New Delhi: A fly-past by vintage Tiger Moth aircraft was the main attraction at the Air Force Day parade in New Delhi today in absence of aerobatic display by the grounded Suryakiran planes and Sarang helicopter squad.
On the 80th anniversary of IAF, the 1930s Tiger Moth biplane, the first resurrected aircraft of the vintage squadron of the force, was the only new addition to the flying display team for the event.
As soon as the yellow-coloured aircraft, which saw action during World War II, took off, it was welcomed by a thunderous applause from the gathering which included families of air warriors and school children.
IAF is planning to resurrect around six old aircraft for the vintage squadron that will include a Wapiti, Howard, Spitfire and three other planes.
The indigenously-developed Airborne Early Warning and Control Aircraft (AEW&C) along with the Russian-origin Mi-17 V5 choppers were showcased for the first time as part of the static display.
The aerobatics were curtailed due to the grounding of the Suryakiran Aerobatic Display Team (SKAT) as its Kiran Mk-II aircraft are now being used for training rookie pilots.
The Sarang helicopter display team, which comprises four ALH Dhruv choppers, also did not take part in the display.
“Hindustan Aeronautics Limited (HAL) is adding some safety features in all the Dhruv choppers and that is why they are not here. In next two months, they will start aerobatic practice,” IAF Chief Air Chief Marshal N A K Browne told reporters in New Delhi.
IAF is in the process of raising a new aerobatic display team with Advanced Jet Trainer ‘Hawk’ aircraft and a ‘request for proposal’ (RFP) has already been issued to the British BAE systems for supplying 20 new planes for the purpose, he said.
The other aircraft which took part in the aerial display included the frontline Su-30MKI, Mirage 2000, Jaguar, MiG 21s and C-130J Super Hercules transport aircraft.
On the new aerobatic team being formed by IAF, Browne said the government has given approval for procuring 20 new Hawk AJT aircraft for the purpose and it is expected that by the end of next year, the team will start practicing.
He said IAF was also considering whether to find a new name for the aerobatic display team or retain the old one.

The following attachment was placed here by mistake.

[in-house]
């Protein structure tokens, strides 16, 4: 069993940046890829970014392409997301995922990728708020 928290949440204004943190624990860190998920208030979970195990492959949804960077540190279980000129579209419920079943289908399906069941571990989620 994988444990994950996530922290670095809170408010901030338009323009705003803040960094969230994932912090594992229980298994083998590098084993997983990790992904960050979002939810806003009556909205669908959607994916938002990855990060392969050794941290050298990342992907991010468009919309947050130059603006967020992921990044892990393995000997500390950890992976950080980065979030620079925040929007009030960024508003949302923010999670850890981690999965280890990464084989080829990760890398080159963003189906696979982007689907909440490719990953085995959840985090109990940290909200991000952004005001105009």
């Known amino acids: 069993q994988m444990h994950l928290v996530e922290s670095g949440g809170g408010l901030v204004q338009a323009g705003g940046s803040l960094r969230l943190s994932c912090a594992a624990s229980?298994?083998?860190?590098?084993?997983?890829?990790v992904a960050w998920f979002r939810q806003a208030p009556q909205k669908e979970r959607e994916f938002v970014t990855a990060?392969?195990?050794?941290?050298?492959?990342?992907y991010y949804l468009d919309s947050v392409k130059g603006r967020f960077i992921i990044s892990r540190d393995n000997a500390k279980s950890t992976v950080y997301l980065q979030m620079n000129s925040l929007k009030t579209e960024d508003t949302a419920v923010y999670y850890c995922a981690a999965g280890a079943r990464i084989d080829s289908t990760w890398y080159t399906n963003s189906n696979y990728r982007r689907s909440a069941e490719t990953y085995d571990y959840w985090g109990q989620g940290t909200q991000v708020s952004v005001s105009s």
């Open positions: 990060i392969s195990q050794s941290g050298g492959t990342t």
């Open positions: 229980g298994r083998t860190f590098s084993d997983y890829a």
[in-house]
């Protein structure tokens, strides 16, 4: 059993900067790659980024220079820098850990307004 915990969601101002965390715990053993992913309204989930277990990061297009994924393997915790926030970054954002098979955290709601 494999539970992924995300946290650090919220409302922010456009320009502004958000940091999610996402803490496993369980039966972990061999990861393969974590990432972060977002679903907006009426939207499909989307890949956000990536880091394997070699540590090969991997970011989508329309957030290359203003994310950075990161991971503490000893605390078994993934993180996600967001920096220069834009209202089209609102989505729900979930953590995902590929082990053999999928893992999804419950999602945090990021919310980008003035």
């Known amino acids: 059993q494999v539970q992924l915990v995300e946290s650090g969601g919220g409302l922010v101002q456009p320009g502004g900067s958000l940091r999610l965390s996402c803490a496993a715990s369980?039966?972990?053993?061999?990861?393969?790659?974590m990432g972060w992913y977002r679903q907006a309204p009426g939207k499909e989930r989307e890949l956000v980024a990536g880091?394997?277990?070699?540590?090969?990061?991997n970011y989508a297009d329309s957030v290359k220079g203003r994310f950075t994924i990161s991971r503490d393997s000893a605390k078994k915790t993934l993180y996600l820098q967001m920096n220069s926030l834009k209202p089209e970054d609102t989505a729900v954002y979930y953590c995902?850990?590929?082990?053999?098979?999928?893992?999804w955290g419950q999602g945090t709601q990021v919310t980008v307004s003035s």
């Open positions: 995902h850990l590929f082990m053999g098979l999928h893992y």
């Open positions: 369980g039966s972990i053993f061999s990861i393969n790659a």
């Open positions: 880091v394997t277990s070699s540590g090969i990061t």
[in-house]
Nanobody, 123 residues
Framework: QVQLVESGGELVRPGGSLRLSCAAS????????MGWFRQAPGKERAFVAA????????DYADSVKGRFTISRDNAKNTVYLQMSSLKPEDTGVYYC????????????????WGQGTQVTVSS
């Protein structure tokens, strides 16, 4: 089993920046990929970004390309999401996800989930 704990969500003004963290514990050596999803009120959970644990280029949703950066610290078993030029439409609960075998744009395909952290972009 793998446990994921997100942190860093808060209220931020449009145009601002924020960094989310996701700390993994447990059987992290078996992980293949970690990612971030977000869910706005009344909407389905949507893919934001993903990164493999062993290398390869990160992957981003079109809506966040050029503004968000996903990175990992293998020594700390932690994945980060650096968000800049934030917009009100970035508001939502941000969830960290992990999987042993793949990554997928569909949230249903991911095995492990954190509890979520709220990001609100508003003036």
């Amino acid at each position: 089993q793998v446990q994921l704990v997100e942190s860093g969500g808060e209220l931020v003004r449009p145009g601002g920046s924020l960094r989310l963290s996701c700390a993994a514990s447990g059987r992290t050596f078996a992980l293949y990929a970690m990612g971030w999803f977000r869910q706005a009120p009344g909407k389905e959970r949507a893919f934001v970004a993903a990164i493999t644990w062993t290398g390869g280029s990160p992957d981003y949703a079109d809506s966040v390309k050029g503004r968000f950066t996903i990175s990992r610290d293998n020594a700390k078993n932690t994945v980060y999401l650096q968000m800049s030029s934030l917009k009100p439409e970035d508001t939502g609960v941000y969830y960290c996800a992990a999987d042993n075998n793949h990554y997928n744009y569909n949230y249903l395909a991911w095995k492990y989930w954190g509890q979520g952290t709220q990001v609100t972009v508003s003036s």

On the increasing role of women pilot in the force, Browne said 55 women pilots were engaged in flying helicopters such as Cheetah, Chetak and the Mi-8 and transport aircraft like the Ilyushin-76 and An-32.
He, however, said there was no woman pilot flying attack choppers such as the Mi-35.
Addressing the parade, the IAF chief said the situation in country’s neighbourhood was a matter of serious concern.
“The present times are both interesting and challenging. The deteriorating security situation in the neighbourhood and its frequent violent manifestations are a matter of serious concern to us,” he said.
Browne said, “The need of the hour is to be ever-vigilant and prepared.”
On the phasing out of combat aircraft such as the MiG 21 and MiG 23 from service, Browne said, “Despite the phasing out of the legacy aircraft, we continue to maintain very high combat potential through the raising of new Su-30MKI squadrons.” The next squadron will be raised by December, he said.
IAF is planning to raise 14 squadrons of the Su-30MKI fighter jets and is planning to deploy them at several places in its Eastern, Southern and South-Western command areas. The mid-life upgrade of aircraft such as the Mirage 2000 and Jaguar will enhance their capabilities and “add punch to the country’s air power,” he said.
On the proposed induction of new aircraft, he said the AW-101 aircraft from Italy for ferrying VVIPs were expected to be inducted by next year along with Pilatus basic jet trainers from Switzerland.